State, College testing community members to combat risk of tuberculosis
Dick's House is working with the state health department to test community members.
Since the Jan. 15 announcement that a Dartmouth community member has contracted an active case of tuberculosis, the College has begun testing individuals who have the highest risk of having contracted the disease.
The New Hampshire Department of Health and Human Services has been working with Dick’s House to identify those who have shared airspace with the individual who has the active case of TB, according to New Hampshire deputy state epidemiologist Elizabeth Talbot.
The potential risk is determined by the intersection of various factors, Talbot said. These include the patient’s condition, the “environment where the air was shared” — meaning whether it was a large open space or a small bedroom — how much time an individual spent around the infection and the immune systems of those who have been exposed.
Talbot said that the state is currently, and will continue to, contact those at risk in order of priority.
“Every student identified at risk will be contacted directly by phone and directed to have screening and likely a blood test done at the Dick’s House,” Talbot said. She added that staff will also be contacted but will likely get tested at Dartmouth-Hitchcock Medical Center or by their own primary care provider.
Talbot added that if there are “conversions” — meaning individuals go from uninfected to an infected state — within the initial group that has been identified to be at-risk, the state will expand the group of people that are invited in for additional testing.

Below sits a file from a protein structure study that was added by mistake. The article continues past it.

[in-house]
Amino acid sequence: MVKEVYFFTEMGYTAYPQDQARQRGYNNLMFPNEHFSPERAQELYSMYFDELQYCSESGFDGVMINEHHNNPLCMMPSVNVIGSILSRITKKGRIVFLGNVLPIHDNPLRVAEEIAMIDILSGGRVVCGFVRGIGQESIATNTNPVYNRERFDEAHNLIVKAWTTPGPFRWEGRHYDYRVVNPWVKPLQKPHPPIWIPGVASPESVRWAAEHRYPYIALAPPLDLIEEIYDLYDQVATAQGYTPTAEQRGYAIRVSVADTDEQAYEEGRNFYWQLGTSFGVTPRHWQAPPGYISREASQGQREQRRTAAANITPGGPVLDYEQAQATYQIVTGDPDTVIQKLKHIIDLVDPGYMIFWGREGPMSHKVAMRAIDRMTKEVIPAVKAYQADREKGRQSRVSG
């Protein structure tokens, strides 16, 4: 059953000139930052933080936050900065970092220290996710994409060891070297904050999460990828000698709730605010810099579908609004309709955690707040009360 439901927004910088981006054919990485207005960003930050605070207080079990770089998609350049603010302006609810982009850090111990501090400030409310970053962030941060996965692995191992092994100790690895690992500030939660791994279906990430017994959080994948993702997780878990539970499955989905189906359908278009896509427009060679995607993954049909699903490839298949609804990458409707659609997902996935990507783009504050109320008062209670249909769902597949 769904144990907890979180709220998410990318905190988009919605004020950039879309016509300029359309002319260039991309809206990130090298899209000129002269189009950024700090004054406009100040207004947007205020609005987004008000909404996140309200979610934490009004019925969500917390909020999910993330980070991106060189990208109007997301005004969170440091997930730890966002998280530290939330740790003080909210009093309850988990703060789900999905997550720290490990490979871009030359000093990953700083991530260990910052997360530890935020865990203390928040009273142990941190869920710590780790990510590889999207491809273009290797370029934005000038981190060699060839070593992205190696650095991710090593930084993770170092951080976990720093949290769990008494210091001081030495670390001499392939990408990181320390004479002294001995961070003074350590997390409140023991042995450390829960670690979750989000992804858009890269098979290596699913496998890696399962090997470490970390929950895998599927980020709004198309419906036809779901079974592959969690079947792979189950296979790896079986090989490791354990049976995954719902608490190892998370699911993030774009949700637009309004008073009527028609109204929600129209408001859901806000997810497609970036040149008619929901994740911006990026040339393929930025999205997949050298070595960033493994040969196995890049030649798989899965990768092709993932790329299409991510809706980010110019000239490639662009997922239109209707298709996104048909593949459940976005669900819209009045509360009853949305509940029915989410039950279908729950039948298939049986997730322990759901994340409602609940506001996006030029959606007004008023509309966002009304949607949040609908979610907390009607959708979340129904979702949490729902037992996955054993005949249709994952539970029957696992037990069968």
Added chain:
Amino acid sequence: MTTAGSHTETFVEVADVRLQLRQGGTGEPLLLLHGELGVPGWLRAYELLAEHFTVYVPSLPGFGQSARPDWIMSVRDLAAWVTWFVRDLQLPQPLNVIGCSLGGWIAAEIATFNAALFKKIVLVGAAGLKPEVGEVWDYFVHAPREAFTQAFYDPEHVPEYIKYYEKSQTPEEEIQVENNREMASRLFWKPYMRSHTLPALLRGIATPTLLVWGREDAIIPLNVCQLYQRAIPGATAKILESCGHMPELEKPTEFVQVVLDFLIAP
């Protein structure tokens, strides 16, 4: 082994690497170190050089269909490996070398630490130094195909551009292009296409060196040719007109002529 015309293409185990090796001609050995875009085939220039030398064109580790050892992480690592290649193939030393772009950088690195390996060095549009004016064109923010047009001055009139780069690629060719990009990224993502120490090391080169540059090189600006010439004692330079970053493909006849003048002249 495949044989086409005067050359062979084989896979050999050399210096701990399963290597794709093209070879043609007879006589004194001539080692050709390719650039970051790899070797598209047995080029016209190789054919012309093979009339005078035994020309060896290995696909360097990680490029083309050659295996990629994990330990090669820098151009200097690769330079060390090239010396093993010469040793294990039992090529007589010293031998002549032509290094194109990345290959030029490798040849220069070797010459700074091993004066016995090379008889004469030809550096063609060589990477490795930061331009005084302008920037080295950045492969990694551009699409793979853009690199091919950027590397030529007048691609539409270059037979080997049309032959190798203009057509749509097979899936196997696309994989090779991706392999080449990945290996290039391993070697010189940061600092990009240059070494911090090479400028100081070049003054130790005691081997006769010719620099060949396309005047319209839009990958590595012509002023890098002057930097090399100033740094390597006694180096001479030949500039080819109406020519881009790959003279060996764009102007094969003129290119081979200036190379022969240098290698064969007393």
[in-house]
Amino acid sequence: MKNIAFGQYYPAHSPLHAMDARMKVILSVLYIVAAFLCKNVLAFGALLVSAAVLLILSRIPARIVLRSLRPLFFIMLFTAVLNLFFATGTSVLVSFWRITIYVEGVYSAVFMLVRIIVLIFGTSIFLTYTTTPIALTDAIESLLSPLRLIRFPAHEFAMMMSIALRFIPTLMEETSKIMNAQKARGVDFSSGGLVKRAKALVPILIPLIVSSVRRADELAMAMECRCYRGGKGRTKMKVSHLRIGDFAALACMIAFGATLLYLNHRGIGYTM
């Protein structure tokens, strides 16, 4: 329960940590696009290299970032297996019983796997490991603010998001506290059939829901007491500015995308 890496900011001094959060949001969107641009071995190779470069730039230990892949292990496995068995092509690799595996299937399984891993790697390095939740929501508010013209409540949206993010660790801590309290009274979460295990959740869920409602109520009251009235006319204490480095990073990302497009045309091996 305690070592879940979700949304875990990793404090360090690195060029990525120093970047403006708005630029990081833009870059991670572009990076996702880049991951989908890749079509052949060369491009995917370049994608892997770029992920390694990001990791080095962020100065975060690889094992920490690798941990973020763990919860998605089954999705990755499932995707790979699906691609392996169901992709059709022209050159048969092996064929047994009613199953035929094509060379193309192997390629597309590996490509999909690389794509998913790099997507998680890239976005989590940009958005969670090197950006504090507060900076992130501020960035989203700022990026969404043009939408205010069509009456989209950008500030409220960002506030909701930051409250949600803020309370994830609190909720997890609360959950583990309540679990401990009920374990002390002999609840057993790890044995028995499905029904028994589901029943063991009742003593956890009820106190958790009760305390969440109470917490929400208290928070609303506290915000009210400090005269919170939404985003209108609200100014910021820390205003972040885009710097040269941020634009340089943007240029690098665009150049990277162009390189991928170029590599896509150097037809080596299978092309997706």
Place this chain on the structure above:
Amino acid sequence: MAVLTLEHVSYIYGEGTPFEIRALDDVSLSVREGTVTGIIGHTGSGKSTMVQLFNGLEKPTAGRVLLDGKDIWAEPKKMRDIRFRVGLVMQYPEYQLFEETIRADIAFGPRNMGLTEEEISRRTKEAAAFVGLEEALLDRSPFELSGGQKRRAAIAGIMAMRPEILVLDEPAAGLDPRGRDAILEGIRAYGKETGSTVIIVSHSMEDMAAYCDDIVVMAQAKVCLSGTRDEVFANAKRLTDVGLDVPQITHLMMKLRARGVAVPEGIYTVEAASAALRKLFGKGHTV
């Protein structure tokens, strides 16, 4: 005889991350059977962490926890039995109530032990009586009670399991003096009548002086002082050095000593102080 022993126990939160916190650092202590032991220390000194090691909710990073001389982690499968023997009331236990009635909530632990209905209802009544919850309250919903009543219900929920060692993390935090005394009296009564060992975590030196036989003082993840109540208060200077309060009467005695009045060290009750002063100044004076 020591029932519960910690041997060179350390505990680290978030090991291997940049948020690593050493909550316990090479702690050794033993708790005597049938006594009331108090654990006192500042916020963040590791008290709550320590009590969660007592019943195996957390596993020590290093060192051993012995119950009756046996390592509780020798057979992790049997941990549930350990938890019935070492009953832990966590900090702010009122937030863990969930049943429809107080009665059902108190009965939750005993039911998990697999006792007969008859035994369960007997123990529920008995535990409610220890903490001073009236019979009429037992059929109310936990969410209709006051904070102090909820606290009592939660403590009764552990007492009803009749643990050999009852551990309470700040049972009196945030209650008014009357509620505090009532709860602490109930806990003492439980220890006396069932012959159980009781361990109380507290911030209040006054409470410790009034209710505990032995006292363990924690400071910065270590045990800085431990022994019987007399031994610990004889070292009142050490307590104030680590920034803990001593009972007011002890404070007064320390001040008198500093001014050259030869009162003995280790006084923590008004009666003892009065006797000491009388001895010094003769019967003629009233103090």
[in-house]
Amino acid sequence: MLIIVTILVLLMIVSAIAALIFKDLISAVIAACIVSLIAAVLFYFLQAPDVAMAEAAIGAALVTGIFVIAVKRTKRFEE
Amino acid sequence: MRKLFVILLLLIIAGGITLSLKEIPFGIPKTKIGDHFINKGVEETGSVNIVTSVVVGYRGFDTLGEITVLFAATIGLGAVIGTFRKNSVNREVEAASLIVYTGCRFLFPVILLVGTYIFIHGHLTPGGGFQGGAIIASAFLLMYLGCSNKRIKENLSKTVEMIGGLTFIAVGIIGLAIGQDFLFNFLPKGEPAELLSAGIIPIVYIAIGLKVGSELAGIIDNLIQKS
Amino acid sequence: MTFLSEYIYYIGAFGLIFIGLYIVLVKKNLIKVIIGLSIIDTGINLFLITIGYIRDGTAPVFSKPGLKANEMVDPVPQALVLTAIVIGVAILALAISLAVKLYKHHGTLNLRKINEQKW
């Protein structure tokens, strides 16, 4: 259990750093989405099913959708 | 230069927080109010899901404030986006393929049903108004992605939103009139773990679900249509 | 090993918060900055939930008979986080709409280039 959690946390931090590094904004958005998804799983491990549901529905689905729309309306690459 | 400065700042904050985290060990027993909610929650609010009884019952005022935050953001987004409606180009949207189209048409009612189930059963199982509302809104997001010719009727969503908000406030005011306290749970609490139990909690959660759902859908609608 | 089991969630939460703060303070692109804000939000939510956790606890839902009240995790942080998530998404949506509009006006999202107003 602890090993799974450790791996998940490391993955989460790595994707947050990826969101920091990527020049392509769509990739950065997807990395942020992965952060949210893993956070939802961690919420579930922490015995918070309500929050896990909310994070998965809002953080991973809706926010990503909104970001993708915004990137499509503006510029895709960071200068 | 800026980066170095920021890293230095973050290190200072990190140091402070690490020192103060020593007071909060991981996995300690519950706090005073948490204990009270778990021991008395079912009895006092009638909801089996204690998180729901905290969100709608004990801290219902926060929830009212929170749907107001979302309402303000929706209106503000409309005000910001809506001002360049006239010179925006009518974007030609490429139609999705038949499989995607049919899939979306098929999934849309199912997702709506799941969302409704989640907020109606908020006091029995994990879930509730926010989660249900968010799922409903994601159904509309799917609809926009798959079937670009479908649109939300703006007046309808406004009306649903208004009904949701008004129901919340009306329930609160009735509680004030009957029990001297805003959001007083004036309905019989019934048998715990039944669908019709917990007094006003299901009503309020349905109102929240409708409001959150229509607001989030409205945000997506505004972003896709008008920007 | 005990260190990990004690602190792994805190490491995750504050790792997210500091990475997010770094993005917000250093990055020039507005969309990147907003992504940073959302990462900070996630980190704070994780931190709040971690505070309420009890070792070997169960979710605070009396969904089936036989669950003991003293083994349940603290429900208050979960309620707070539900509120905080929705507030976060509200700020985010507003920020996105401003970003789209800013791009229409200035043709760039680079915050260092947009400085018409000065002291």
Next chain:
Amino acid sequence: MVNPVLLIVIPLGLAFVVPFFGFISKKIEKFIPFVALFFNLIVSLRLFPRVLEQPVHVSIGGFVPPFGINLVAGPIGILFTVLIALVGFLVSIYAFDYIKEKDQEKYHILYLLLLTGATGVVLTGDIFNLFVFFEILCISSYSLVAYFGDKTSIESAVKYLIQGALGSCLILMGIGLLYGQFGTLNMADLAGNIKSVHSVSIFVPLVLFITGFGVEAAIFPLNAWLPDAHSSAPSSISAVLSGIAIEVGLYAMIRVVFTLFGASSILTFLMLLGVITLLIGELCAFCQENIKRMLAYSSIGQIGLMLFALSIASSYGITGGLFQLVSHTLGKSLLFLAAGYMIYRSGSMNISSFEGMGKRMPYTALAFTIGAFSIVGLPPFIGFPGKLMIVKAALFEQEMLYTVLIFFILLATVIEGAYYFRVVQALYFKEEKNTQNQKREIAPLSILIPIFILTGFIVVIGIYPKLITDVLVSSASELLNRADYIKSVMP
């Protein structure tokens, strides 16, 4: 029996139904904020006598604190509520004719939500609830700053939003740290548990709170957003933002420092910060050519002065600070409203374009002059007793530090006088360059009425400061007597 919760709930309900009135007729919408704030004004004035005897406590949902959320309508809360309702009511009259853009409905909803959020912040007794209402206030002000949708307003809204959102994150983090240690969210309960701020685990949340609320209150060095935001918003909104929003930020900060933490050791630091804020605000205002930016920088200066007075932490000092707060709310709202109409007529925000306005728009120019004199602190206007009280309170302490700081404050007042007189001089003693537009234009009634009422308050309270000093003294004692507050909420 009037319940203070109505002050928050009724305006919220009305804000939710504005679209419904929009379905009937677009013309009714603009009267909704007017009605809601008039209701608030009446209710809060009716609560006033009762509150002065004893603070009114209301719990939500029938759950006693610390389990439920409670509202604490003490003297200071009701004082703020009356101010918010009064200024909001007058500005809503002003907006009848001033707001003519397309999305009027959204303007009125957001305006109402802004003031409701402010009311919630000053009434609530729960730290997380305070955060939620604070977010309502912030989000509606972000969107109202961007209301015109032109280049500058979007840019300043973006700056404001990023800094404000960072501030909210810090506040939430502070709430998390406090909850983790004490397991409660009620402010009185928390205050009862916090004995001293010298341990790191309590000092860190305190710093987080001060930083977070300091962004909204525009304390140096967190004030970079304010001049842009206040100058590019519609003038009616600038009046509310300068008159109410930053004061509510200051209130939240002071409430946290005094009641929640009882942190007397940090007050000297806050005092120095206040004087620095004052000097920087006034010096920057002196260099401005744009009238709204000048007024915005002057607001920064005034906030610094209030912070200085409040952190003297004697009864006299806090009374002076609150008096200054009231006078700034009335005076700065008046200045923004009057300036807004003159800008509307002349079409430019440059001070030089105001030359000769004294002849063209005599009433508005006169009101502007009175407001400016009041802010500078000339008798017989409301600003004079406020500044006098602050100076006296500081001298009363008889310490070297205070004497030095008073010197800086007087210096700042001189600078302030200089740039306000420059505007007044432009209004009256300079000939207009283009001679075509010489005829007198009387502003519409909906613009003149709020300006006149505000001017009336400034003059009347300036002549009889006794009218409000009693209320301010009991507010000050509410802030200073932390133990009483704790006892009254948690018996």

“If those who appear to be at highest risk of transmission have no infections among them, there is no reason to go further,” Talbot said. “This gives us valuable information that risk is low.”
Talbot said that it usually takes eight weeks for the persons exposed to infection to test positive.
The current testing is also being done to establish a “baseline” by identifying if those exposed have a preexisting risk for infection, such as growing up in a setting with high TB rates, she said.
“This testing will show if the bacteria has been transmitted, and then we offer treatment to prevent that person from progressing from latent, asymptomatic, non-contagious infection to active tuberculosis,” Talbot said.
Although both the asymptomatic and active tuberculosis are treatable, the asymptomatic state is easier to treat, according to Talbot.
Talbot reiterated that TB is a “common event” and that the testing being done is routine. She added that there are approximately 10 to 20 active cases within New Hampshire and approximately 9,000 nationally.
A community member who was called in for testing spoke to The Dartmouth on the condition of anonymity. He said that he was initially worried, but grew reassured after being contacted for testing.
“I think at first I was like, ‘Oh no,’ like coughing blood TB — I think that can kill me,” he said. “When I got the call from the state, they weren’t super freaked out about it.”
He explained that the person who contacted him reassured him that TB was both widespread and highly treatable.
“I was scared at first, but overall, if I have TB, I guess I have TB,” he said. “Getting a disease — you can’t really do anything about it, it just is.”
After being contacted, the community member had a blood test and is currently waiting to hear back about results.
College spokesperson Diana Lawrence wrote in an email that the College is satisfied with the outreach and communication to community members since announcement of the active case. Lawrence added that outreach has included communication with town officials, two public information forums and emails sent to parents.
“Judging by the modest number of complaints and inquiries, we believe the community feels informed,” Lawrence wrote. “We will continue to provide updates and respond to questions as needed.”
Talbot also expressed optimism about the case.
“I do want to reassure the community that this is a common event, and there are standard approaches that are well-proven to protect the public health,” Talbot said. “We are enacting those, and there are very good indicators here that the various members of the communities are collaborating and cooperating well.”